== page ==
How many times have you wandered around a department store, and with every identical rack and bored attendant felt your eyes glaze over and the thrill of shopping fade perceptibly? In my earlier post I wrote about the annoying pretense of many so-called concept stores; that post withstanding, this type of boutique does offer a refreshing alternative to mass-market retail when you’re looking for something a little more… creative.
On a recent afternoon I had the privilege of wandering through Paris with the grandiose objective of visiting and analyzing The Concept Store. As my esteemed colleague Tory had already entertained this blog with her witty rendition of Merci, I was left with a couple must-sees, Colette and Kiliwatch, and the new kid on the block, Suite 114.
Colette, the mother of all concept stores, houses a rotating selection of streetwear (mostly men), sneakers, sunglasses, cameras and other cool gadgets on the ground floor amongst coffee table books starring models and their friends, various tales of decadent-lifestyles-turned-decadent-careers, and a decent selection of serious magazines. The second floor is a rotating selection of haute-fashion, displayed on mannequins placed strategically throughout the room. None of the labels are displayed, so visitors are left to admire and wonder fruitlessly who/what/where these pieces came from, like a museum without the no-touching rule. There is also a gallery space at the back of the second floor, often home to (you guessed it) collaborations between designers, artists, musicians, etc. The music pumping throughout the space is most likely the product of a Colette-commissioned collaboration between an up-and-coming indie rocker/DJ and a hip-hop star-turned-record-label-exec-turned-fashion-mogul. In fact, most everything you will find here is the product of some sort of collaboration; the fact that it can only be found here, in limited numbers for a limited amount of time places the mythical Colette as a sometimes cringe-worthy patron of “what’s next?” in edgy-kitschy-pop.
Another store that would call itself “concept” but, refreshingly, lacks the heavy-handed pop-culture ego of Colette is the relatively new Suite 114. Incongruously located in the heart of the un-trendy 7th, this peaceful and unassuming boutique, meant to feel like a luxurious hotel suite, carries a lovely and carefully selected collection of items from designers such as Phillip Lim, Veronique Branquinho, AF Vandevorst and Michel Perry. Clearly intended for the more in-touch ladies of the 7th, the intimate and friendly boutique also (in requisite concept store fashion) featured furniture from a German gallery and photography by Philippe Terrier-Hermann the last time I stopped in. The price-point unfortunately makes this boutique generally inaccessible for actual shopping, but otherwise fulfills the (conceptual) inspiration requirement with flying colors.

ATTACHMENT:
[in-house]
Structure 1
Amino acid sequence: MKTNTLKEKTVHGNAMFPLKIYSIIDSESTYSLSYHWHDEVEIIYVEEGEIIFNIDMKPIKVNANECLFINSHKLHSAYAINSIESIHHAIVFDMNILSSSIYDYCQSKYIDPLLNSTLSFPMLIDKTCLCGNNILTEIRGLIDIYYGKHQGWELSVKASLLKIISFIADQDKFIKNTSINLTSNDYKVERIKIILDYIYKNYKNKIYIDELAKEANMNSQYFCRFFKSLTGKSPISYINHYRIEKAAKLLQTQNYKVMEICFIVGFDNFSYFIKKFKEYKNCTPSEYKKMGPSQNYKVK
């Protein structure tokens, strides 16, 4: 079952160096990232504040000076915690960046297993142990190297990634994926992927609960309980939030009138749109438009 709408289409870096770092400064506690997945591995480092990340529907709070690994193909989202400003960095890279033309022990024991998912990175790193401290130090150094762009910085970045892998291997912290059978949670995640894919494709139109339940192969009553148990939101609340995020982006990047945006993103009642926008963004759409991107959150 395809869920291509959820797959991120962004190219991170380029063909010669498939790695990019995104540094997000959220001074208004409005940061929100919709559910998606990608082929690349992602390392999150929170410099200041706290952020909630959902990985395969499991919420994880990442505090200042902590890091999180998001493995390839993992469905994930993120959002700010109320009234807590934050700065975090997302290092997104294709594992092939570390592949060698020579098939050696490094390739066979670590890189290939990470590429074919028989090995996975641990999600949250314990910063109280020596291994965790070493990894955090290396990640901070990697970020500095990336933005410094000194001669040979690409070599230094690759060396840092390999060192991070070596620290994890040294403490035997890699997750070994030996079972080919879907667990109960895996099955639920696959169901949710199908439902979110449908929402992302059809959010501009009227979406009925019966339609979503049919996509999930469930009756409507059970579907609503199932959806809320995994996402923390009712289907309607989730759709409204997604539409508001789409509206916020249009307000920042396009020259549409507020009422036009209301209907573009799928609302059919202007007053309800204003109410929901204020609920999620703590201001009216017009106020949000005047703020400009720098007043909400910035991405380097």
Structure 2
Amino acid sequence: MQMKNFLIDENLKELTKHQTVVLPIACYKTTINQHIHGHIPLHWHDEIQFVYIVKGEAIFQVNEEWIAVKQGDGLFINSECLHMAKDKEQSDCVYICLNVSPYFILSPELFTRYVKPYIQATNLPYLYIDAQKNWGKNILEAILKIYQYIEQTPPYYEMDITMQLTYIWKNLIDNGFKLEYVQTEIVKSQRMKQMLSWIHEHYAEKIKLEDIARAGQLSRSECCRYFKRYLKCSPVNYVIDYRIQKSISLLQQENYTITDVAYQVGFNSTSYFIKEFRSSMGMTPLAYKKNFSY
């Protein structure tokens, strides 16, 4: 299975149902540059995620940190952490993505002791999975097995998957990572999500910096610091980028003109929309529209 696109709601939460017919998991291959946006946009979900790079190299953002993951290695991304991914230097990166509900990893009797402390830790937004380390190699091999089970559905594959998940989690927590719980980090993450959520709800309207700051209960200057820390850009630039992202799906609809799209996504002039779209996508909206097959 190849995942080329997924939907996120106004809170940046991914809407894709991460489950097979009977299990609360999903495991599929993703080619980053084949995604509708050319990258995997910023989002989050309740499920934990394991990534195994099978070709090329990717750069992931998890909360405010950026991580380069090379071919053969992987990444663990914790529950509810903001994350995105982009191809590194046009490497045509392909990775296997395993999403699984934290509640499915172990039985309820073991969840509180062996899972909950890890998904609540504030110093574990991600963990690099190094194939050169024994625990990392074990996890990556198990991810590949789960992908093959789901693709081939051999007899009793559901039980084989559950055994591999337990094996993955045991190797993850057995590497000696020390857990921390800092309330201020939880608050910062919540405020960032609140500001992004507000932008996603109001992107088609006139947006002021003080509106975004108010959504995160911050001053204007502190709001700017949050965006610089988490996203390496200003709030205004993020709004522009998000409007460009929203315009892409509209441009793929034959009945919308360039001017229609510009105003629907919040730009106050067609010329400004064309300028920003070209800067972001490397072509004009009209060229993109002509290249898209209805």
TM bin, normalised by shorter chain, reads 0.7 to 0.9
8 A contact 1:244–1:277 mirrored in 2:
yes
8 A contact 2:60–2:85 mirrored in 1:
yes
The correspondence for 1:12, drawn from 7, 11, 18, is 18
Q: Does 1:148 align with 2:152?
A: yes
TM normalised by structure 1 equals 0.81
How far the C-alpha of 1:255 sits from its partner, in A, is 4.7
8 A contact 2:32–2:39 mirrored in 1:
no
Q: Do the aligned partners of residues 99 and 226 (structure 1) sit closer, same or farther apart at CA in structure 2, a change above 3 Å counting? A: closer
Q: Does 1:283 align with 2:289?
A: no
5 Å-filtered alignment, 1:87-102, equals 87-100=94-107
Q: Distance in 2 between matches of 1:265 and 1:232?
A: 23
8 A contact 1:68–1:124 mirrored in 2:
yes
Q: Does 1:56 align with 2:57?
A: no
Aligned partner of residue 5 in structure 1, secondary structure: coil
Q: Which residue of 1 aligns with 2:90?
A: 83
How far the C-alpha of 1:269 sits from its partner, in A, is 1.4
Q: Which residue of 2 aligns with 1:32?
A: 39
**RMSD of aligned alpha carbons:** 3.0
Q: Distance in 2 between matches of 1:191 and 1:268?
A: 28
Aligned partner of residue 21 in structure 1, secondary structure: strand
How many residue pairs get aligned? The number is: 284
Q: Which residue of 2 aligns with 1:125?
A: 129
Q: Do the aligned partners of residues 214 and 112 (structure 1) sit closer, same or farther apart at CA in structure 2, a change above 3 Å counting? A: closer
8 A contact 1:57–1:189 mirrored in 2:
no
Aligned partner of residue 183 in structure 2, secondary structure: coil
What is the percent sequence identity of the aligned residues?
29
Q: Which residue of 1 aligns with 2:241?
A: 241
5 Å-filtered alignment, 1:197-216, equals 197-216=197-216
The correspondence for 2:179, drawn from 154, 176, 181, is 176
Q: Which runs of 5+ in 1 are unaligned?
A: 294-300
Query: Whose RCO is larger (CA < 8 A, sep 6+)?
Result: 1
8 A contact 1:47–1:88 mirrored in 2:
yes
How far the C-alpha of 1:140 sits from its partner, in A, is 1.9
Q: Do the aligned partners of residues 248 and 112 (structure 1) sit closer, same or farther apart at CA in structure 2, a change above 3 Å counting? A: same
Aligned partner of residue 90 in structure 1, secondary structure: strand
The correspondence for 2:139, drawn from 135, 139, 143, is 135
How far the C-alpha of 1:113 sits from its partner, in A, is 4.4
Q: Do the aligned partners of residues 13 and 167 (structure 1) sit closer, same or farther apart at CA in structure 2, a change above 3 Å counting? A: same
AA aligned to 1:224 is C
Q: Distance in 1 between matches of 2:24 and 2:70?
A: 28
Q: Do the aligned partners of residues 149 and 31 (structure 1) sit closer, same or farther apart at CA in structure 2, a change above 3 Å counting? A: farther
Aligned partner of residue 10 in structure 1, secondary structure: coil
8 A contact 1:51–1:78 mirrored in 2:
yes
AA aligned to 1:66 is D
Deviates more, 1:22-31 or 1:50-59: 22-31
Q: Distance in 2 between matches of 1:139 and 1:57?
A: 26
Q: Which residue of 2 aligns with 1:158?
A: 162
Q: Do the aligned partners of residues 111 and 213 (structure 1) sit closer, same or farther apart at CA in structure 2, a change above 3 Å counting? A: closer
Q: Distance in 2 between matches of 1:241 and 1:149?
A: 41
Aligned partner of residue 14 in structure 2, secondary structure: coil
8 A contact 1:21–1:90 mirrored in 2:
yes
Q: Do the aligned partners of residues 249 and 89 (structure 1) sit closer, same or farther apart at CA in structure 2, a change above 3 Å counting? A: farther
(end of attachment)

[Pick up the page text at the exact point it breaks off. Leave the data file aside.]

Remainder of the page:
On the complete opposite end of the spectrum stands Kiliwatch, the ultimate vintage emporium located in the bustling Montorgueil neighborhood. If the indie music, even-more-indie sales assistants and racks upon racks of items your mother wouldn’t be caught dead in back in the 60s didn’t clue you in, this is where the cool kids shop these days. If you can manage to not be put off by the pervading “this is where it’s at!” air, Kiliwatch actually is an incredible warehouse of gems of decades past – if you have the patience to wade through the slightly overpriced racks. From the fashion-centric hardcovers and special edition glossies in the front of the store, all the way to the extensive menswear section in the back, Kiliwatch makes vintage reassuringly accessible to wannabe fashionistas and hipsters alike. Just watch the neo-retro-punk cashier doesn’t talk you into reconsidering that Madonna-style corset top you had picked up as a joke.
Colette: 213 rue Saint-Honoré, Paris, 75001, 01 55 35 33 90
Suite 114: 114 rue du Bac, Paris, 75007, 01 42 84 07 56
Espace Kiliwatch: 64 rue Tiquetonne, Paris, 75002, 01 42 21 17 37